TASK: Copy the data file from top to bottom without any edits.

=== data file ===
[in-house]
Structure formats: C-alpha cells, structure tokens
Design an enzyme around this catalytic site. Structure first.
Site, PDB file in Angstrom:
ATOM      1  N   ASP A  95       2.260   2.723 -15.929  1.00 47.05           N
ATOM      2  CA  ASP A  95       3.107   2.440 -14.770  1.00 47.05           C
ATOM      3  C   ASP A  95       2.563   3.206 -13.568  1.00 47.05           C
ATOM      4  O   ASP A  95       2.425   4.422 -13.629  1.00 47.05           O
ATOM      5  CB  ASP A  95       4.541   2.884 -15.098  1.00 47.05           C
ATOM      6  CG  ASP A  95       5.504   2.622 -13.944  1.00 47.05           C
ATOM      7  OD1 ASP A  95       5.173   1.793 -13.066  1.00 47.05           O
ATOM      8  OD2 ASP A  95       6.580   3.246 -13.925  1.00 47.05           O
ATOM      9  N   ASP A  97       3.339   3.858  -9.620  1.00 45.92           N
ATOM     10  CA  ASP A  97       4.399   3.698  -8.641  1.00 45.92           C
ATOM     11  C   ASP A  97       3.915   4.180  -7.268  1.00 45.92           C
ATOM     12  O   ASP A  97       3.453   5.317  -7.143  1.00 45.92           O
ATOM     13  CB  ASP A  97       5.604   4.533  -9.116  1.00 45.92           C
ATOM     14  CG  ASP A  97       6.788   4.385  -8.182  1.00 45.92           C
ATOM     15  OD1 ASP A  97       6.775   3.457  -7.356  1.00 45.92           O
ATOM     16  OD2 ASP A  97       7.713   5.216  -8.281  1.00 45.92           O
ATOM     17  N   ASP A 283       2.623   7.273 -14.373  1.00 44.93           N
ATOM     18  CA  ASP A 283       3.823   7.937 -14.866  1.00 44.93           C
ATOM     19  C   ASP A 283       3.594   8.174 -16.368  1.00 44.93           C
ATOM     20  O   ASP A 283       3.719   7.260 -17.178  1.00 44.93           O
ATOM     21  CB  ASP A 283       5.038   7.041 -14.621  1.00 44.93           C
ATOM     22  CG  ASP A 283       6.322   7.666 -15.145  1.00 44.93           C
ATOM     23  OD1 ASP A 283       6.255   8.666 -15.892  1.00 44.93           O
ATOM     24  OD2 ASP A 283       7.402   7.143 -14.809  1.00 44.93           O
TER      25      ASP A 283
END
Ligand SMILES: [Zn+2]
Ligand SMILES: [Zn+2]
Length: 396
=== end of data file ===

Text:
[in-house]
Structure formats: C-alpha cells, structure tokens
Design an enzyme around this catalytic site. Structure first.
Site, PDB file in Angstrom:
ATOM      1  N   ASP A  95       2.260   2.723 -15.929  1.00 47.05           N
ATOM      2  CA  ASP A  95       3.107   2.440 -14.770  1.00 47.05           C
ATOM      3  C   ASP A  95       2.563   3.206 -13.568  1.00 47.05           C
ATOM      4  O   ASP A  95       2.425   4.422 -13.629  1.00 47.05           O
ATOM      5  CB  ASP A  95       4.541   2.884 -15.098  1.00 47.05           C
ATOM      6  CG  ASP A  95       5.504   2.622 -13.944  1.00 47.05           C
ATOM      7  OD1 ASP A  95       5.173   1.793 -13.066  1.00 47.05           O
ATOM      8  OD2 ASP A  95       6.580   3.246 -13.925  1.00 47.05           O
ATOM      9  N   ASP A  97       3.339   3.858  -9.620  1.00 45.92           N
ATOM     10  CA  ASP A  97       4.399   3.698  -8.641  1.00 45.92           C
ATOM     11  C   ASP A  97       3.915   4.180  -7.268  1.00 45.92           C
ATOM     12  O   ASP A  97       3.453   5.317  -7.143  1.00 45.92           O
ATOM     13  CB  ASP A  97       5.604   4.533  -9.116  1.00 45.92           C
ATOM     14  CG  ASP A  97       6.788   4.385  -8.182  1.00 45.92           C
ATOM     15  OD1 ASP A  97       6.775   3.457  -7.356  1.00 45.92           O
ATOM     16  OD2 ASP A  97       7.713   5.216  -8.281  1.00 45.92           O
ATOM     17  N   ASP A 283       2.623   7.273 -14.373  1.00 44.93           N
ATOM     18  CA  ASP A 283       3.823   7.937 -14.866  1.00 44.93           C
ATOM     19  C   ASP A 283       3.594   8.174 -16.368  1.00 44.93           C
ATOM     20  O   ASP A 283       3.719   7.260 -17.178  1.00 44.93           O
ATOM     21  CB  ASP A 283       5.038   7.041 -14.621  1.00 44.93           C
ATOM     22  CG  ASP A 283       6.322   7.666 -15.145  1.00 44.93           C
ATOM     23  OD1 ASP A 283       6.255   8.666 -15.892  1.00 44.93           O
ATOM     24  OD2 ASP A 283       7.402   7.143 -14.809  1.00 44.93           O
TER      25      ASP A 283
END
Ligand SMILES: [Zn+2]
Ligand SMILES: [Zn+2]
Length: 396